Southeast Alaskans worried about deep cuts proposed for state ferry system

 MV Kennicott (KTUU)
MV Kennicott (KTUU) (KTUU)
Published: Feb. 25, 2019 at 5:47 PM AKST
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Kake, Alaska sits directly in the center of the Alaska Panhandle. Its nearest neighbors, Angoon and Petersburg, are separated by a about a four hour ride through the waters of Southeast Alaska each way.

Residents of Southeast Alaska depend greatly on the Alaska Marine Highway System, but that link to other communities is in jeopardy with a proposal to slash funding for AMHS in fiscal year 2020, which begins on July 1.

The budget proposed by Gov. Dunleavy and currently under review by the Legislature calls for roughly $97 million to be taken from the marine highway system — roughly 75 percent of the transportation system's total budget.

"That would just cut out the ferry service coming right through Kake, and having any service at all," said Kake Mayor Lloyd Davis.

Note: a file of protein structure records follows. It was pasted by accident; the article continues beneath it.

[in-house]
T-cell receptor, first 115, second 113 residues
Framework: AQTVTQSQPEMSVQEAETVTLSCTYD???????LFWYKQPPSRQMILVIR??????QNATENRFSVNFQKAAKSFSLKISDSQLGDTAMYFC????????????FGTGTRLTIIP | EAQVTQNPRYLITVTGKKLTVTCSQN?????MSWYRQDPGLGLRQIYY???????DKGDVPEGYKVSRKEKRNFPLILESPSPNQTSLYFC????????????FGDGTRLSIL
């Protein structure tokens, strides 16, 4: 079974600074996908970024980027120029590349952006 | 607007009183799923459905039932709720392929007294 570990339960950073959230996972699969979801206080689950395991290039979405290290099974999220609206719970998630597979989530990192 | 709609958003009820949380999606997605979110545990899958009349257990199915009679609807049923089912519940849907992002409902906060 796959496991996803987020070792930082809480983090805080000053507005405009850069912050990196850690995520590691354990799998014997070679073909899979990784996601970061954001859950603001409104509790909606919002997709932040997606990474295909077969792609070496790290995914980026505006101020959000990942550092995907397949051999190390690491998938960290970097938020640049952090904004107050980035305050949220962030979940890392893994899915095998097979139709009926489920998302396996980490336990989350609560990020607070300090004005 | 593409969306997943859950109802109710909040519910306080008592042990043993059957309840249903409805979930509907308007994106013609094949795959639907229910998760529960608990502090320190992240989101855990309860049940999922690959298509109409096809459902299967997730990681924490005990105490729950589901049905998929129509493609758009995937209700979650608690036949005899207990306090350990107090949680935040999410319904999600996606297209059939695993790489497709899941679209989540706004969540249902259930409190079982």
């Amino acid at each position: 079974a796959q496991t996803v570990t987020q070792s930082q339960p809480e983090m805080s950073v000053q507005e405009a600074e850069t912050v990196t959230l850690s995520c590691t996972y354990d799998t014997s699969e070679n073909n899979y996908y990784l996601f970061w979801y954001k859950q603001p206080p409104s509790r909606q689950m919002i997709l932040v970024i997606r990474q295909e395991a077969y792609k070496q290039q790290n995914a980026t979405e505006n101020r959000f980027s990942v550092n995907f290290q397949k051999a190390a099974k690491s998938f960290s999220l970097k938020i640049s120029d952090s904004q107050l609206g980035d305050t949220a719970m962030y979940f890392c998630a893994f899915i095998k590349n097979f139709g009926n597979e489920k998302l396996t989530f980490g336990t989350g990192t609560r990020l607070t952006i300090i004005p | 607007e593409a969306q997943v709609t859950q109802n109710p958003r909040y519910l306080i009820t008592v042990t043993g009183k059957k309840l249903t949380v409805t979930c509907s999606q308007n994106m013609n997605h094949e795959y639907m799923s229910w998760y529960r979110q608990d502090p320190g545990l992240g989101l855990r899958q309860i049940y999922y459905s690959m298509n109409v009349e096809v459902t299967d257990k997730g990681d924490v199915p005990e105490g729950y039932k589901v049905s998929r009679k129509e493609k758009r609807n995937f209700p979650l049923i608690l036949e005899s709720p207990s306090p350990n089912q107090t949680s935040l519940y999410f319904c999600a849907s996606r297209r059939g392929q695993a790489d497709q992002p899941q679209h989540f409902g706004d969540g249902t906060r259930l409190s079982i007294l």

Davis says it's already difficult enough to rely on service from the ferry under current funding levels, but if the cuts come to pass, he fears the worst for Southeast Alaskans who rely on AMHS.

"We'd start having to fly in our food around or get a barge service in here once a week, but the freight costs have skyrocketed," Davis said.

165 miles north of Kake, the ferry route stops in Haines, where lifelong resident Jan Jill serves as mayor.

"Unless you use the ferries or know someone that uses them, you really can't understand how important they are," Hill said.

While the ferry system connects many of the communities scattered throughout the Panhandle, Haines is actually the hub for many marine highway travelers who start or end their trips in Canada.

"Not only will it cut us off, it's going to hurt tourism as well," Hill said.

Gov. Dunleavy has been clear about his proposed austerity budget since he unveiled it earlier this month — the new administration is trying to reel back deficit spending that dates back more than a decade with a shock treatment approach on the heels of


Earlier this month, Dunleavy issued a

directing the Dept. of Transportation and Office of Management and Budget to review how to reduce state funding obligations to the Alaska Marine Highway System, which could include privatization, reducing services to the summer months, or both.

Later this week, members of the Alaska AFL-CIO will be holding a rally in Juneau to protest cuts to AMHS.

The Marine Engineers' Beneficial Association, The InLandboatmen's Union, and The International Organization of Masters, Mates & Pilots would see more than 250 jobs erased under cuts of these proportions.

You can read their co-signed response to the proposed cuts